Fighting in the course of crusade expeditions and in the states established by them in the Near East, Greece, and the Baltic region meant that many thousands died from weapon injuries in battle.
By comparing mortality among clergy and knights in the course of the Fifth Crusade (1217-1221), James Powell has suggested that roughly 14 percent of knights died from weapon injuries during the campaign [James M. Powell, Anatomy of a Crusade, 1213-1221 (Philadelphia: University of Pennsylvania, 1986), pp. 169-171]. We would expect the figure to be much higher for the poor foot soldiers, who would have been able to afford little armor or medical care for wounds.
Past excavation of battlefields from medieval Europe has demonstrated what parts of the body were most likely to suffer injuries. The vulnerable areas were the left side of the head, the forearms, and the right lower leg. This is thought to be due to the right-handedness of most soldiers, the stance taken while fighting, and the protective armor worn. Rather surprisingly, evidence of healing on the bones shows that it was common to survive many of the blows sustained in such battles. The study of accounts of battles in the crusader chronicles suggests that the most lethal weapon employed by Frankish troops was the lance. This is because it could be guided by a horseman right up until it hit the target, while its weight and speed meant that it carried significant energy, and the tip could penetrate mail. The most common injuries were from arrows and crossbow bolts. A widespread practice of the time was to shower an opposing army with arrows, and many accounts tell of individuals being hit by a significant number. However, the inability to correct their course after release, coupled with their light weight, meant that arrows were much less likely to kill a soldier in armor than a lance thrust.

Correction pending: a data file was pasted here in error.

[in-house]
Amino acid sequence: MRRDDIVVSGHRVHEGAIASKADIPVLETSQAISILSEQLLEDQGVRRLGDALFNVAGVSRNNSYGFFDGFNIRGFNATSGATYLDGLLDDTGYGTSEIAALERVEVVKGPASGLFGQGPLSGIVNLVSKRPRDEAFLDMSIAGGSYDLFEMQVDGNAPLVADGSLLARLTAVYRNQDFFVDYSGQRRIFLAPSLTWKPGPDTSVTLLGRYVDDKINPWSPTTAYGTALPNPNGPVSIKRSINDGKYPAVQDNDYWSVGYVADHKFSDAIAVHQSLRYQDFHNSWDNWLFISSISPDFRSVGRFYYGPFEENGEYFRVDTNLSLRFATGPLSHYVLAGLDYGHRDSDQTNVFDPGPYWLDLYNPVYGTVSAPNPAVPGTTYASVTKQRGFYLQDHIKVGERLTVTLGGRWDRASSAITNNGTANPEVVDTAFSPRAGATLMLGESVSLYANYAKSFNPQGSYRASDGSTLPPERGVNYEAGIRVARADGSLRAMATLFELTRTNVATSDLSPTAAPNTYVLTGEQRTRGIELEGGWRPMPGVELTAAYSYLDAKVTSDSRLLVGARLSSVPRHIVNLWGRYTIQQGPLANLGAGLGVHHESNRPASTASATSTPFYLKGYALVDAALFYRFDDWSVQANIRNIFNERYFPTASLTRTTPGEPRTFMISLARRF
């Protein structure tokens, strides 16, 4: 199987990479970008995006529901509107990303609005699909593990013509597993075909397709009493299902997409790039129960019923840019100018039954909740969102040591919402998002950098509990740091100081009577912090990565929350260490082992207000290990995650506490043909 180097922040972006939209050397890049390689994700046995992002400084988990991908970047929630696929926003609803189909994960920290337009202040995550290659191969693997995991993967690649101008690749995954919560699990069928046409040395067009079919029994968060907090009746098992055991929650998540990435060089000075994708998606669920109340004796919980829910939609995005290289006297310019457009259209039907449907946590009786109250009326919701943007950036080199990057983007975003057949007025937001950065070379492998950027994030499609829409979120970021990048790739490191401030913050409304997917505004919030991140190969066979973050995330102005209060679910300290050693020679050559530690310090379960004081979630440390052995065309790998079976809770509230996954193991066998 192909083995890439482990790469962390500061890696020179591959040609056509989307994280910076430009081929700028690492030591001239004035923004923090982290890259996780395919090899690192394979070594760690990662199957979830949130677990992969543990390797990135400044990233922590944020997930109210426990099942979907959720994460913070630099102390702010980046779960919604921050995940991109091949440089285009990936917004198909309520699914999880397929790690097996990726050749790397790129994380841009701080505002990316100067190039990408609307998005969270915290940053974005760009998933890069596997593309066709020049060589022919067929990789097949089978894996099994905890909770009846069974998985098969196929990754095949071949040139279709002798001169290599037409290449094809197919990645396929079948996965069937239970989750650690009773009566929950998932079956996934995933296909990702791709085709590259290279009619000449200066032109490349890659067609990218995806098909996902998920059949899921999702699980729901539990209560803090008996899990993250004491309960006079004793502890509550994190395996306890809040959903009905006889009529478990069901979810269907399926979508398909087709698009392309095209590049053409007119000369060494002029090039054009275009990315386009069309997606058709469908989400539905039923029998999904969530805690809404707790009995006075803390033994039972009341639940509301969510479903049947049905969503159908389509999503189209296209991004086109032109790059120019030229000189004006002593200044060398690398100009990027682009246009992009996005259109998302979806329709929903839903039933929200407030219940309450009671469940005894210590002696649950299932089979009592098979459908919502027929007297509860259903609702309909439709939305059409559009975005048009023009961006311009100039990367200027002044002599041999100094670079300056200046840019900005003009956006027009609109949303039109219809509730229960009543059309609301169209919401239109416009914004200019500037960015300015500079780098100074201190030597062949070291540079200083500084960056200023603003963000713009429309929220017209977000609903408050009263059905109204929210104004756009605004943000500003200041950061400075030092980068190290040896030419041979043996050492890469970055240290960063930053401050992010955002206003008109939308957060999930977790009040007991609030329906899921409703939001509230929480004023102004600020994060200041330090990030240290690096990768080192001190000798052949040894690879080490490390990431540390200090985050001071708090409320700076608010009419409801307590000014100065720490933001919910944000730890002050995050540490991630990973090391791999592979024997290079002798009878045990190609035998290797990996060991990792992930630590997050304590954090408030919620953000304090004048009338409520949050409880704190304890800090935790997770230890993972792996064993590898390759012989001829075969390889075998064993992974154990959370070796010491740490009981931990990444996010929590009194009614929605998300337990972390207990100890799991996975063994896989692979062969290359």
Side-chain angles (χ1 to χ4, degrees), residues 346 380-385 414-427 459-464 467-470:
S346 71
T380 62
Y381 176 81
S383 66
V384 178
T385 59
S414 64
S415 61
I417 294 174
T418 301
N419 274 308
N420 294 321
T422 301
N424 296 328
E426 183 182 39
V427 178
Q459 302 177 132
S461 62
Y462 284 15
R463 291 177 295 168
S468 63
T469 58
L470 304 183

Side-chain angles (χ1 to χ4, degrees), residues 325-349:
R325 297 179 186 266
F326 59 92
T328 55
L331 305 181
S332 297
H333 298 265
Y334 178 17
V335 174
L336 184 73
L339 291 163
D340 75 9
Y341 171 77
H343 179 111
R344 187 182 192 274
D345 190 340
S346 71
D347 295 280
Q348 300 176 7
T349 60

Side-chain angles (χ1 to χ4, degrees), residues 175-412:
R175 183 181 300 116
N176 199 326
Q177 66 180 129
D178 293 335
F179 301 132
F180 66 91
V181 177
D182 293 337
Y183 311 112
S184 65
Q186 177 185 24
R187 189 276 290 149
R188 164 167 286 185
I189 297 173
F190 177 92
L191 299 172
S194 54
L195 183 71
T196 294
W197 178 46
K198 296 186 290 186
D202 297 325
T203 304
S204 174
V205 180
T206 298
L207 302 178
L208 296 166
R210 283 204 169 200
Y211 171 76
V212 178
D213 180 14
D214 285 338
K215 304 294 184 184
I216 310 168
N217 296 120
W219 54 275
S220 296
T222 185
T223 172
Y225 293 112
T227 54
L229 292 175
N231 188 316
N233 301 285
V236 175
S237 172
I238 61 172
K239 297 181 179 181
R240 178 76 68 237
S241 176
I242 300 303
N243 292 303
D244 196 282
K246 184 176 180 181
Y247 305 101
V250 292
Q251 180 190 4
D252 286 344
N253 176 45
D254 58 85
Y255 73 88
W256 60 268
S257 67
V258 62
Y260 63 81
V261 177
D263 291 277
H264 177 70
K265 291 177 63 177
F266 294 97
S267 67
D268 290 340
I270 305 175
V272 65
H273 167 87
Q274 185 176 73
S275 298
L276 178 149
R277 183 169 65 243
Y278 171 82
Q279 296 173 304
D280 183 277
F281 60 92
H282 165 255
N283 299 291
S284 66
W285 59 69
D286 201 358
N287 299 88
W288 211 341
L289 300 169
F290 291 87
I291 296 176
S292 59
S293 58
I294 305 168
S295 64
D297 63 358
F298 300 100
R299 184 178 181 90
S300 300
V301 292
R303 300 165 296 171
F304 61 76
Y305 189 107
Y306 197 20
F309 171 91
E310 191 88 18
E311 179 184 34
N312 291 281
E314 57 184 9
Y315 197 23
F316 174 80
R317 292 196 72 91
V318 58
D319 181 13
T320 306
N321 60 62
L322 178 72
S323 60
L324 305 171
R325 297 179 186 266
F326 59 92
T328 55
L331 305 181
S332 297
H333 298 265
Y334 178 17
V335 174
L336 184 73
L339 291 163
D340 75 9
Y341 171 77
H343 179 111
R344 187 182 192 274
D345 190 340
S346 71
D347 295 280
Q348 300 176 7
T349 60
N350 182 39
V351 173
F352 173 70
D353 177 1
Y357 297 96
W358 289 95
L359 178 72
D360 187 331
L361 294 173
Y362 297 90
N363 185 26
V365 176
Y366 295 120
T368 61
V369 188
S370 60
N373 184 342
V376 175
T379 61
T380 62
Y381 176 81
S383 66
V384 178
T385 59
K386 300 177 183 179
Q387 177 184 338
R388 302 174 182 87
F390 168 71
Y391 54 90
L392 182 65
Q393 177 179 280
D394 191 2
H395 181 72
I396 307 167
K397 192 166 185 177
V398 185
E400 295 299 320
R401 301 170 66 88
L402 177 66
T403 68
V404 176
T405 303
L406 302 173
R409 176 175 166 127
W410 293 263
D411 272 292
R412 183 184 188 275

In close-quarter fighting other weapons were more widely used, such as the sword, mace, and war hammer. Those wounds most likely to be fatal were penetrating wounds to the abdomen, chest, and skull and amputation of a limb. The Frankish castle at Jacob’s Ford in Galilee was besieged in 1179 by Saladin’s forces, and many of the Frankish garrison died when it was captured. Excavation of their skeletal remains has shown evidence for multiple sword and arrow wounds and has demonstrated the effectiveness of mail as protective armor. In contrast to injuries from hand- to-hand fighting in a pitched battle, siege warfare led to other types of wounds as well. Greek fire (an oil-based flammable composition) was employed to set siege engines alight, and many soldiers using siege towers and battering rams suffered burns. Engineers undermining city walls with tunnels were at risk from crush injuries if the tunnels collapsed unexpectedly.
Excavation of the port city of Caesarea (mod. Har Qesari, Israel) has shown a very different pattern with regards to the trauma sustained by the population there. Virtually no weapon injuries were present in the crusader-period inhabitants, while a significant proportion did sustain fractures from falls and other accidental causes. It seems that the location of a community, the strength of its defenses, and the professional activities undertaken by the inhabitants were closely associated with the likelihood of sustaining weapon injuries at the time of the crusades. However, participation in a crusade army was clearly associated with a significant risk of sustaining wounds that may have led to disfigurement, disability, or death.